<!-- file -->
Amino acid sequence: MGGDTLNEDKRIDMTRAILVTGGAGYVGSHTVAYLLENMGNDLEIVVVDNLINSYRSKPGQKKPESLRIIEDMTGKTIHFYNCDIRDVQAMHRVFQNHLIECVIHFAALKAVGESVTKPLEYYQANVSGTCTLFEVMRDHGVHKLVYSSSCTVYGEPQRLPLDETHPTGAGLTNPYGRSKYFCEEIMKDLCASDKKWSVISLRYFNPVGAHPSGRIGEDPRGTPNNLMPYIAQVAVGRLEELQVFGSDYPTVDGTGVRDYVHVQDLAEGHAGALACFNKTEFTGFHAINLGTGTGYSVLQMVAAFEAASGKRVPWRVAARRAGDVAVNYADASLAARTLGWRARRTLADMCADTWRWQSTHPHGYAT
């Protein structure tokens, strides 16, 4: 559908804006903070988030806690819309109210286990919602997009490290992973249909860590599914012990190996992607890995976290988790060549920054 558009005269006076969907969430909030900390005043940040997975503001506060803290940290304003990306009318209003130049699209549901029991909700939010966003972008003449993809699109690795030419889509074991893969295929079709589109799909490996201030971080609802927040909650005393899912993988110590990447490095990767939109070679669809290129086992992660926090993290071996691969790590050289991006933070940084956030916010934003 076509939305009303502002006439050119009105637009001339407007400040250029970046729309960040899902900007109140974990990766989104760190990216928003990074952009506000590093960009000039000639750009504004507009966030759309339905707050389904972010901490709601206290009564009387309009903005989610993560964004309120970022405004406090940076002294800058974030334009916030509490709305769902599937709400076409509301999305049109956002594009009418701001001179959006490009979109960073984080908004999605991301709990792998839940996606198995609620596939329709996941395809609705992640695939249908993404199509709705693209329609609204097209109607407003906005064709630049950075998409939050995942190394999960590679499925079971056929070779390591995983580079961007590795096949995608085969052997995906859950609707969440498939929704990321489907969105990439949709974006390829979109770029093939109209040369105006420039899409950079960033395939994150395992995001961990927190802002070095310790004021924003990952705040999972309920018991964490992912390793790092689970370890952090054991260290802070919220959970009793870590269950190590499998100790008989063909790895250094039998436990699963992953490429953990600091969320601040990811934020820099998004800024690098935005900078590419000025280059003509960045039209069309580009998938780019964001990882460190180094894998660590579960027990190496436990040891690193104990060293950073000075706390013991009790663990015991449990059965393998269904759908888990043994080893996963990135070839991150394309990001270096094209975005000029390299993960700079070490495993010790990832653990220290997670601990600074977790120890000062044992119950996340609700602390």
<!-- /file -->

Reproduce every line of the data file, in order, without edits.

Amino acid sequence: MGGDTLNEDKRIDMTRAILVTGGAGYVGSHTVAYLLENMGNDLEIVVVDNLINSYRSKPGQKKPESLRIIEDMTGKTIHFYNCDIRDVQAMHRVFQNHLIECVIHFAALKAVGESVTKPLEYYQANVSGTCTLFEVMRDHGVHKLVYSSSCTVYGEPQRLPLDETHPTGAGLTNPYGRSKYFCEEIMKDLCASDKKWSVISLRYFNPVGAHPSGRIGEDPRGTPNNLMPYIAQVAVGRLEELQVFGSDYPTVDGTGVRDYVHVQDLAEGHAGALACFNKTEFTGFHAINLGTGTGYSVLQMVAAFEAASGKRVPWRVAARRAGDVAVNYADASLAARTLGWRARRTLADMCADTWRWQSTHPHGYAT
């Protein structure tokens, strides 16, 4: 559908804006903070988030806690819309109210286990919602997009490290992973249909860590599914012990190996992607890995976290988790060549920054 558009005269006076969907969430909030900390005043940040997975503001506060803290940290304003990306009318209003130049699209549901029991909700939010966003972008003449993809699109690795030419889509074991893969295929079709589109799909490996201030971080609802927040909650005393899912993988110590990447490095990767939109070679669809290129086992992660926090993290071996691969790590050289991006933070940084956030916010934003 076509939305009303502002006439050119009105637009001339407007400040250029970046729309960040899902900007109140974990990766989104760190990216928003990074952009506000590093960009000039000639750009504004507009966030759309339905707050389904972010901490709601206290009564009387309009903005989610993560964004309120970022405004406090940076002294800058974030334009916030509490709305769902599937709400076409509301999305049109956002594009009418701001001179959006490009979109960073984080908004999605991301709990792998839940996606198995609620596939329709996941395809609705992640695939249908993404199509709705693209329609609204097209109607407003906005064709630049950075998409939050995942190394999960590679499925079971056929070779390591995983580079961007590795096949995608085969052997995906859950609707969440498939929704990321489907969105990439949709974006390829979109770029093939109209040369105006420039899409950079960033395939994150395992995001961990927190802002070095310790004021924003990952705040999972309920018991964490992912390793790092689970370890952090054991260290802070919220959970009793870590269950190590499998100790008989063909790895250094039998436990699963992953490429953990600091969320601040990811934020820099998004800024690098935005900078590419000025280059003509960045039209069309580009998938780019964001990882460190180094894998660590579960027990190496436990040891690193104990060293950073000075706390013991009790663990015991449990059965393998269904759908888990043994080893996963990135070839991150394309990001270096094209975005000029390299993960700079070490495993010790990832653990220290997670601990600074977790120890000062044992119950996340609700602390």